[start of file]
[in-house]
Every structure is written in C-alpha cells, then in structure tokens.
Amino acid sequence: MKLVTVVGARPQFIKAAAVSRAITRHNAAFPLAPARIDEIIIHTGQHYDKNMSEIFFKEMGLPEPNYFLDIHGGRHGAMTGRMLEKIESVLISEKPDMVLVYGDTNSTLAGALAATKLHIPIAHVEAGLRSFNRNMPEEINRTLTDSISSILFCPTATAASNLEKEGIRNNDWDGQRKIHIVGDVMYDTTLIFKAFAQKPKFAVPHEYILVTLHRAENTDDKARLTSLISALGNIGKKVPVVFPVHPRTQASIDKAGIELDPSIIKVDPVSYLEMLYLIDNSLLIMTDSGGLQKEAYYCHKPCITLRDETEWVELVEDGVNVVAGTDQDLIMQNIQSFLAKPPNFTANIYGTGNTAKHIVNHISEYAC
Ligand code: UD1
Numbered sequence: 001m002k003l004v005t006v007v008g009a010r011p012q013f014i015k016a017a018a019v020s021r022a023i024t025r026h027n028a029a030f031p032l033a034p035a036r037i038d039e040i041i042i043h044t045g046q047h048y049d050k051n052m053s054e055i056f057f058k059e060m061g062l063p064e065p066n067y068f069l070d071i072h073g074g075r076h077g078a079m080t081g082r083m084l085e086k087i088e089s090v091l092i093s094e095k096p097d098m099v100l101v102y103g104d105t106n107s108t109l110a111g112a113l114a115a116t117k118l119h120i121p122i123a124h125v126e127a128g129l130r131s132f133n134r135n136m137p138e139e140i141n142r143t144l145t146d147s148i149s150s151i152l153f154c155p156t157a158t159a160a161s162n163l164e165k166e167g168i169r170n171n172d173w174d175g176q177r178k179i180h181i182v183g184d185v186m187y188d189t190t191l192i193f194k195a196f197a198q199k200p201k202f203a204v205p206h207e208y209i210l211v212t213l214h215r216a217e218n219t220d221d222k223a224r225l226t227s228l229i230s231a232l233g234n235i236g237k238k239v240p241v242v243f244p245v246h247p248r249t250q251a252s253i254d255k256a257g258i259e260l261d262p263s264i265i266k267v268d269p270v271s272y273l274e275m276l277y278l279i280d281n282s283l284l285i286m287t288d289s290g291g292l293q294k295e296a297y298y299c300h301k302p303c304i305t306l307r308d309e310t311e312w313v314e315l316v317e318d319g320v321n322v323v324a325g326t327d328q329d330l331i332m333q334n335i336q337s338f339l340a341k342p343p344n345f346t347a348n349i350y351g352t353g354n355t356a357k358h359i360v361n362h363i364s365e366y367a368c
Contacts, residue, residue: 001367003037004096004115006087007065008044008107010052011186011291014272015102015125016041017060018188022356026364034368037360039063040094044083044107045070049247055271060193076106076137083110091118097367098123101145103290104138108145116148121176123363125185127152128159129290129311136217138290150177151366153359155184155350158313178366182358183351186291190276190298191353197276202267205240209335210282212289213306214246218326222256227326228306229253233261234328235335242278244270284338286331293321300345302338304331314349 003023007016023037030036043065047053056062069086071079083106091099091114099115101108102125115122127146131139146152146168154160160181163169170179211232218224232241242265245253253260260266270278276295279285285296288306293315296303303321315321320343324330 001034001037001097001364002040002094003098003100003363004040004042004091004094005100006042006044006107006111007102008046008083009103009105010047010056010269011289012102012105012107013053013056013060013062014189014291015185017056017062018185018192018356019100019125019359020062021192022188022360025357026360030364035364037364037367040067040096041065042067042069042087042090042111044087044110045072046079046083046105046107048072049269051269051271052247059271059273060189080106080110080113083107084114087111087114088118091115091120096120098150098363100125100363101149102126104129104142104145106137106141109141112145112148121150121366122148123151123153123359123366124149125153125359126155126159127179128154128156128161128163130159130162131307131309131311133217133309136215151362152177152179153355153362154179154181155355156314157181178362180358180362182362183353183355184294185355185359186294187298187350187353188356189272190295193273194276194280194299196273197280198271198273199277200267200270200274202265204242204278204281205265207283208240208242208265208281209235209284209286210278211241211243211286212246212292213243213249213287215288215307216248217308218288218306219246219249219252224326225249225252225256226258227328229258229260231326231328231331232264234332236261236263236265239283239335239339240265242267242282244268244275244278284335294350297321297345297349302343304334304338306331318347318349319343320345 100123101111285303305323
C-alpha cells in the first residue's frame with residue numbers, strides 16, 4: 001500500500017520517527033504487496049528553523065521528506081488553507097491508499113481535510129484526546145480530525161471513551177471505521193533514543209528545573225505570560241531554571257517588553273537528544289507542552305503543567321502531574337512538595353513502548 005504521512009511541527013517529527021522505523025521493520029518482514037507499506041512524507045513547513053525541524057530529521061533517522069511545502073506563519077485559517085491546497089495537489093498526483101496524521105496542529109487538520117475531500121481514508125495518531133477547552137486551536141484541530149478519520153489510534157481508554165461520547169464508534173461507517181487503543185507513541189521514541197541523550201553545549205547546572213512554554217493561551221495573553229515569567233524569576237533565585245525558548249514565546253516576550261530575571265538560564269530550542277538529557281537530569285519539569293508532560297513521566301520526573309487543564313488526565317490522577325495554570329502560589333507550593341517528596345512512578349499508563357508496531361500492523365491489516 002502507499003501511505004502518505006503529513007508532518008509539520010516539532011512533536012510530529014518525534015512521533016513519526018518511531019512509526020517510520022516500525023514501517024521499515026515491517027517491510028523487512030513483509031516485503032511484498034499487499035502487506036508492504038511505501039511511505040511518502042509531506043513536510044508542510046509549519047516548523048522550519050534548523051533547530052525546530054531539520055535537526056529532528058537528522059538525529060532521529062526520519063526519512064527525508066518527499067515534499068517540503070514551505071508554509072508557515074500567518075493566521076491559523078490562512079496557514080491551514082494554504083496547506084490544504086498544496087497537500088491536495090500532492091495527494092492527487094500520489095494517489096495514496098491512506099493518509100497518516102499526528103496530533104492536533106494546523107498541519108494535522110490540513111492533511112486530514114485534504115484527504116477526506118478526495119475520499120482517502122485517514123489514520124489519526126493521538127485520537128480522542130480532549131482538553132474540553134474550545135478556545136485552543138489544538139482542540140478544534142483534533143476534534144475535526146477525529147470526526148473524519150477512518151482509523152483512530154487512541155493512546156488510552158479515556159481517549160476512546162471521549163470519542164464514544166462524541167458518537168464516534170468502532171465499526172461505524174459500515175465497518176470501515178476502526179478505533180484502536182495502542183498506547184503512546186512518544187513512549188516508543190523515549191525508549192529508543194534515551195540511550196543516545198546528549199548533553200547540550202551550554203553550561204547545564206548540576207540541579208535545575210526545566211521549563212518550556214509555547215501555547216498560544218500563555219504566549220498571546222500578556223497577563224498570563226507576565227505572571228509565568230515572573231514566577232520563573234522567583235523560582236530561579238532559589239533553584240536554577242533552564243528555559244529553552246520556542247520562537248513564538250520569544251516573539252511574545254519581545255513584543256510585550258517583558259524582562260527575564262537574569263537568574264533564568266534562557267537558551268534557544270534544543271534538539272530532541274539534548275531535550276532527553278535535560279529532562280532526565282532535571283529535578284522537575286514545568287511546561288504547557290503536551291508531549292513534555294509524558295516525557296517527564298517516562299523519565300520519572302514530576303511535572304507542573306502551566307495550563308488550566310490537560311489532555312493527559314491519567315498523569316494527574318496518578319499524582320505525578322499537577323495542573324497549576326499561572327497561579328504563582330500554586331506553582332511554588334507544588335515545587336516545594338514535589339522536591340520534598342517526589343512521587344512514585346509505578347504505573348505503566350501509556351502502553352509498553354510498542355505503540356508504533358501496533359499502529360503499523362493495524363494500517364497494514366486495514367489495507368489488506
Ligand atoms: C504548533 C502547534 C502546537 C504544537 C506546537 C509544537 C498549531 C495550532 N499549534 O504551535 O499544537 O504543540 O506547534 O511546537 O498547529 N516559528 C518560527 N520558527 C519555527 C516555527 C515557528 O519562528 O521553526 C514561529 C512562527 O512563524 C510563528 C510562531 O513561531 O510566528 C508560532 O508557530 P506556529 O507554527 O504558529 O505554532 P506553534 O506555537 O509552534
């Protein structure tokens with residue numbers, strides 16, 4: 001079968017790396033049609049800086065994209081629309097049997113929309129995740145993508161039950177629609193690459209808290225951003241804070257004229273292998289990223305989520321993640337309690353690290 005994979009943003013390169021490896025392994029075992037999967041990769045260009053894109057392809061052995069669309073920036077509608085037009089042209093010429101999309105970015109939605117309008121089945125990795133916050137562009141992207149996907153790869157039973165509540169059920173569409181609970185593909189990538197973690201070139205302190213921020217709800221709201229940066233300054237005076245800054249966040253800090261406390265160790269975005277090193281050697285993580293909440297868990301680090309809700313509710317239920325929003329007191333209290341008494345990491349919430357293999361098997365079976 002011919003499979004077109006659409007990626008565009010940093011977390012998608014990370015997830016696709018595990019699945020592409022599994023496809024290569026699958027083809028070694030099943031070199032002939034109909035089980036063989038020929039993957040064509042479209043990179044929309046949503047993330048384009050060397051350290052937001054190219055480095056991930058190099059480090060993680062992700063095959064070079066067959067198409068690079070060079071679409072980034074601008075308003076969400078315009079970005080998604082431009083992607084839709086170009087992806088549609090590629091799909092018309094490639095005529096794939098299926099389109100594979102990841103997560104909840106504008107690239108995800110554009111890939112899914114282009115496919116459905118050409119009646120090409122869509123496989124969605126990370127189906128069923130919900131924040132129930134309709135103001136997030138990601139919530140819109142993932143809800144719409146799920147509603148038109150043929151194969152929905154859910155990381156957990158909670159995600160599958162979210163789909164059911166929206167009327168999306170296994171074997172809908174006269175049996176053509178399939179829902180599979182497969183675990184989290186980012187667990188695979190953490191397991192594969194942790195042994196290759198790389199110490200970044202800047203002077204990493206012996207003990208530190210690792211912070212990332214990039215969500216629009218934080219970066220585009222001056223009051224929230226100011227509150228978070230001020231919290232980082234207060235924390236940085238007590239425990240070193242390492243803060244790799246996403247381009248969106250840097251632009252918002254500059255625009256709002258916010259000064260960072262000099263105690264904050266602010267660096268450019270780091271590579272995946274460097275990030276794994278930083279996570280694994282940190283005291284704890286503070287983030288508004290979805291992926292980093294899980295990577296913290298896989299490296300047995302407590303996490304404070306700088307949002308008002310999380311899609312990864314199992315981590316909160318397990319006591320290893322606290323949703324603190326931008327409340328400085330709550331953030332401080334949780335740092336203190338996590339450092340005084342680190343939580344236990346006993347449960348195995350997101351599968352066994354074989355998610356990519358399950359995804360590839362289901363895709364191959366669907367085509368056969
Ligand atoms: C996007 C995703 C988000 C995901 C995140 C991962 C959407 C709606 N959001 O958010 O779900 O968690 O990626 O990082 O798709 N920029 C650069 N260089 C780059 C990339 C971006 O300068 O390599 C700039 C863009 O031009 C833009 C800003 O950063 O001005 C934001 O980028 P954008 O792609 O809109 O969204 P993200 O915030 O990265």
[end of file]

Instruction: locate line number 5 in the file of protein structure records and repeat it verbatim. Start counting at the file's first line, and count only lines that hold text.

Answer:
Numbered sequence: 001m002k003l004v005t006v007v008g009a010r011p012q013f014i015k016a017a018a019v020s021r022a023i024t025r026h027n028a029a030f031p032l033a034p035a036r037i038d039e040i041i042i043h044t045g046q047h048y049d050k051n052m053s054e055i056f057f058k059e060m061g062l063p064e065p066n067y068f069l070d071i072h073g074g075r076h077g078a079m080t081g082r083m084l085e086k087i088e089s090v091l092i093s094e095k096p097d098m099v100l101v102y103g104d105t106n107s108t109l110a111g112a113l114a115a116t117k118l119h120i121p122i123a124h125v126e127a128g129l130r131s132f133n134r135n136m137p138e139e140i141n142r143t144l145t146d147s148i149s150s151i152l153f154c155p156t157a158t159a160a161s162n163l164e165k166e167g168i169r170n171n172d173w174d175g176q177r178k179i180h181i182v183g184d185v186m187y188d189t190t191l192i193f194k195a196f197a198q199k200p201k202f203a204v205p206h207e208y209i210l211v212t213l214h215r216a217e218n219t220d221d222k223a224r225l226t227s228l229i230s231a232l233g234n235i236g237k238k239v240p241v242v243f244p245v246h247p248r249t250q251a252s253i254d255k256a257g258i259e260l261d262p263s264i265i266k267v268d269p270v271s272y273l274e275m276l277y278l279i280d281n282s283l284l285i286m287t288d289s290g291g292l293q294k295e296a297y298y299c300h301k302p303c304i305t306l307r308d309e310t311e312w313v314e315l316v317e318d319g320v321n322v323v324a325g326t327d328q329d330l331i332m333q334n335i336q337s338f339l340a341k342p343p344n345f346t347a348n349i350y351g352t353g354n355t356a357k358h359i360v361n362h363i364s365e366y367a368c